While former Meretz leader Yossi Sarid, now a columnist at Ha'aretz, is perfectly entitled to his opinions, neither his past nor present positions grant him any immunity when it comes to publishing falsehoods. And yet, in his column today, Sarid repeats the "Jewish-only roads" falsehood propagated several times over the last few years by Ha'aretz. Weighing in on the recent opposition of Israeli theater professionals to performing in a new cultureal center in Ariel, a large settlement over the Green Line, Sarid writes:
The artists can't be dragged to Ariel in blunt contradiction of their political beliefs; they can't be driven on our Jewish-only apartheid roads.
In a certain respect, the former lawmaker is correct. The artists can't be driven on "Jewish-only apartheid roads" ... because none exist. As first explained several years ago to Ha'aretz editors, there are no "Jewish-only" roads (apartheid or otherwise) in the West Bank, though there are a few roads prohibited to Palestinians in the West Bank. Israel's Arab citizens and, indeed, Israeli citizens of any religion or ethnicity, have just as much right to travel on those restricted roads as do Israeli Jews. Israeli Arabs frequently use the bypass roads for business and to visit relatives.
As for the road that leads to Ariel in particular, Route 505, it is completely open to Palestinian traffic. At Kfar Qasem Junction on the Trans-Israel Highway (highway 6), travelers from central Israel to Ariel turn onto Highway 5 and it becomes Route 505, the so-called "Jewish-only apartheid road" which takes passengers -- and not only Jewish or only Israeli ones -- to Ariel. CAMERA visited this route following a Nov. 17, 2009 article by Noam Ben-Zeev, which provided this fanciful description of the road:
Before you know it, youre on the best road between the Jordan River and the Mediterranean Route 505, well-lit and with the highest-quality asphalt, wide shoulders and clear signage. This road cuts east through the West Bank and reaches the Jordan Valley. The fences on either side, separating it from the lands of Palestinian villages in the area, make it an exemplary apartheid road for Jews only. And you can fly along at 140 kilometers per hour, from one Jewish settlement to the next.
During our 2009 visit, CAMERA staff saw a road teeming with a Palestinian presence, including countless Palestinian vehicles -- taxis, private cars, buses, and trucks driving freely on the road. (Palestinian vehicles carry white or green plates, while Israeli vehicles carry yellow plates.) Here is a sampling of the scores of Palestinian vehicles spotted that day passing a Route 505 road sign (all photos by CAMERA):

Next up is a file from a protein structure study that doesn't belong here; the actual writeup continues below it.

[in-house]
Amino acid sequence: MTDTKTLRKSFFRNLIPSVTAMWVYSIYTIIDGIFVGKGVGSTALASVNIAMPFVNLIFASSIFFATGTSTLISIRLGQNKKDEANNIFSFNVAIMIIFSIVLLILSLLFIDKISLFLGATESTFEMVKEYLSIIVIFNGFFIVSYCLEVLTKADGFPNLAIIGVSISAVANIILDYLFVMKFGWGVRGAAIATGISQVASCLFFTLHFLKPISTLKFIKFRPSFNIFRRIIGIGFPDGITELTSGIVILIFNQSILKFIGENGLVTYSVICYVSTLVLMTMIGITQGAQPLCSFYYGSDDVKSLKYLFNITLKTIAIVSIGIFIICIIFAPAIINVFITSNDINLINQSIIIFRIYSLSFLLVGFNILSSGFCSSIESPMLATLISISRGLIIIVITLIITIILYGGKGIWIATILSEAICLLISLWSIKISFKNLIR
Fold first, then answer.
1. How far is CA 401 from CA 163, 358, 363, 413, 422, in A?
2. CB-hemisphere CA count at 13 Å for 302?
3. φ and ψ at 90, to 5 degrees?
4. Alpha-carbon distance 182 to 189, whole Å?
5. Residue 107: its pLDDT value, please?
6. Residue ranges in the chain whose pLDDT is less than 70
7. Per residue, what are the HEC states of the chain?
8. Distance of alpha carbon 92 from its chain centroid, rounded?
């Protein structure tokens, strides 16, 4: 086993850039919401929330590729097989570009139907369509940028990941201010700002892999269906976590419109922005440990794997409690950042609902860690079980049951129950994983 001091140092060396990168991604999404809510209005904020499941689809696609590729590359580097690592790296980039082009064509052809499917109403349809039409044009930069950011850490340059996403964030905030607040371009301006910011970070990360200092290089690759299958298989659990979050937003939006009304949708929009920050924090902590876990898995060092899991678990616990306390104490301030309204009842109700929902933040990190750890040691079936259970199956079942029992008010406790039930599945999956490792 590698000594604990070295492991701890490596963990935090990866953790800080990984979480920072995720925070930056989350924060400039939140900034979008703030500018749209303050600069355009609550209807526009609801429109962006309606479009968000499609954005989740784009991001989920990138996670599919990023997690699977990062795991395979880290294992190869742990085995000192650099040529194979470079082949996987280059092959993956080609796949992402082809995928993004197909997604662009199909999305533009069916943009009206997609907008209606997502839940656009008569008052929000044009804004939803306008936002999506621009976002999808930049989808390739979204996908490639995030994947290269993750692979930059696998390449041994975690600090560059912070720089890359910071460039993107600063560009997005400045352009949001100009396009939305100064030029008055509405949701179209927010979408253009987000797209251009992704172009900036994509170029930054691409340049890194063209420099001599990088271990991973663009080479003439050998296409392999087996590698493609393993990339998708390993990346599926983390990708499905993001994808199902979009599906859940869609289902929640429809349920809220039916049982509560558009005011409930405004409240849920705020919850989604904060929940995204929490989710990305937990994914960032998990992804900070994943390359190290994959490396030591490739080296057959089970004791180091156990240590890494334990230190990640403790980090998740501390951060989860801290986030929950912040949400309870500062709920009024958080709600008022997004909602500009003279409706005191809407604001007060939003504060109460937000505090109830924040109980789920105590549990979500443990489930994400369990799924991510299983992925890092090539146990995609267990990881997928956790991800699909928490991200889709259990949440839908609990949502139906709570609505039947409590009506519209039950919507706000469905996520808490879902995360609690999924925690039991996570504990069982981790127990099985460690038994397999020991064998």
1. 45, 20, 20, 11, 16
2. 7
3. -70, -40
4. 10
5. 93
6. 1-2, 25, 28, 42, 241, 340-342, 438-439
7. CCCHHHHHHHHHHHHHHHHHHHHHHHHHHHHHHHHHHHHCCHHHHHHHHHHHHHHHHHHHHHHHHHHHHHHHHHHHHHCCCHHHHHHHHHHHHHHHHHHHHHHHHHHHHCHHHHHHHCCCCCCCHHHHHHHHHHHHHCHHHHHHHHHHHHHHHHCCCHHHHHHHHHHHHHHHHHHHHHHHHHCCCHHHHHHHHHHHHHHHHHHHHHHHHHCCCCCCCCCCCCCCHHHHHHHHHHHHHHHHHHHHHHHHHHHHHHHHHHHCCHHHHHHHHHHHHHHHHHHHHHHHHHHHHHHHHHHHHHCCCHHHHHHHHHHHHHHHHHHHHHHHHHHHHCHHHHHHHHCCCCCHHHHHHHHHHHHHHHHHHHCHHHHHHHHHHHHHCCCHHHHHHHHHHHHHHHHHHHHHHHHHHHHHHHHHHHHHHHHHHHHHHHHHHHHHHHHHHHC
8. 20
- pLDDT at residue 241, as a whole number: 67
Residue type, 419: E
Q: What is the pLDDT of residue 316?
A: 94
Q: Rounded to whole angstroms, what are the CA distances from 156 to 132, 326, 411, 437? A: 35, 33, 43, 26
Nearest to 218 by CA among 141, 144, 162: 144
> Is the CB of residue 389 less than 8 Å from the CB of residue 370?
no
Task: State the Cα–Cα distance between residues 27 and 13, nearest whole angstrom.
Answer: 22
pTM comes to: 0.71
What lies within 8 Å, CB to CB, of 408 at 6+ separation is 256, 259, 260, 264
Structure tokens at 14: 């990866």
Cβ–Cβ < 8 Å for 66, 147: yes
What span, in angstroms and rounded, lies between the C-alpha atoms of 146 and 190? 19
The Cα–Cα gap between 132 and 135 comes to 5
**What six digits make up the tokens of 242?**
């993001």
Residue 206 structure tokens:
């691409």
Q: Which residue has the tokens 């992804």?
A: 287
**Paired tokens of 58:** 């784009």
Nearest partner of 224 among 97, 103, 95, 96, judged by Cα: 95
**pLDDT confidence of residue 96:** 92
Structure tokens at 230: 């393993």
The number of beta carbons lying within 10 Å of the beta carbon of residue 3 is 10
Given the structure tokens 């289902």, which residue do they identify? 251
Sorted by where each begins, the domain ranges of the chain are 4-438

Dozens of Palestinian vehicles and several Palestinian pedestrians waiting for rides were seen at the traffic circle next to the entrance of the Jewish town of Ariel, also on 505. See below.
Below, a truck leaving the Palestinian village of Marda, slightly west of Tapuach Junction, is about to turn onto Route 505.
Further west, closer to the Green Line, Palestinian homes, as well as a Palestinian owned dry-cleaning business, are located right next to Route 505. The residents' and customers' access to the road is completely unhindered.
While Palestinian traffic is permitted to travel freely on Route 505 in the West Bank, it is Israeli traffic which is prohibited for a 5.5 kilometer stretch from Elkana to Kiryat Netafim. Below is the Elknana barrier preventing Israelis from continuing on Route 505.
Only Ha'aretz Doesn't Correct
While major media outlets such as the Associated Press
, Washington Post
, Boston Globe
, and CNN.com
have all corrected the "Jewish-only roads" falsehood, only Ha'aretz
refuses to do so. How long will the Ha'aretz
elitists continue to barrel down a road of journalistic malpractice, steadfast in their mistaken belief that rules may apply to others, but surely not them?
To read the Hebrew version of this article on Presspectiva, CAMERA's Israeli Web site, click here.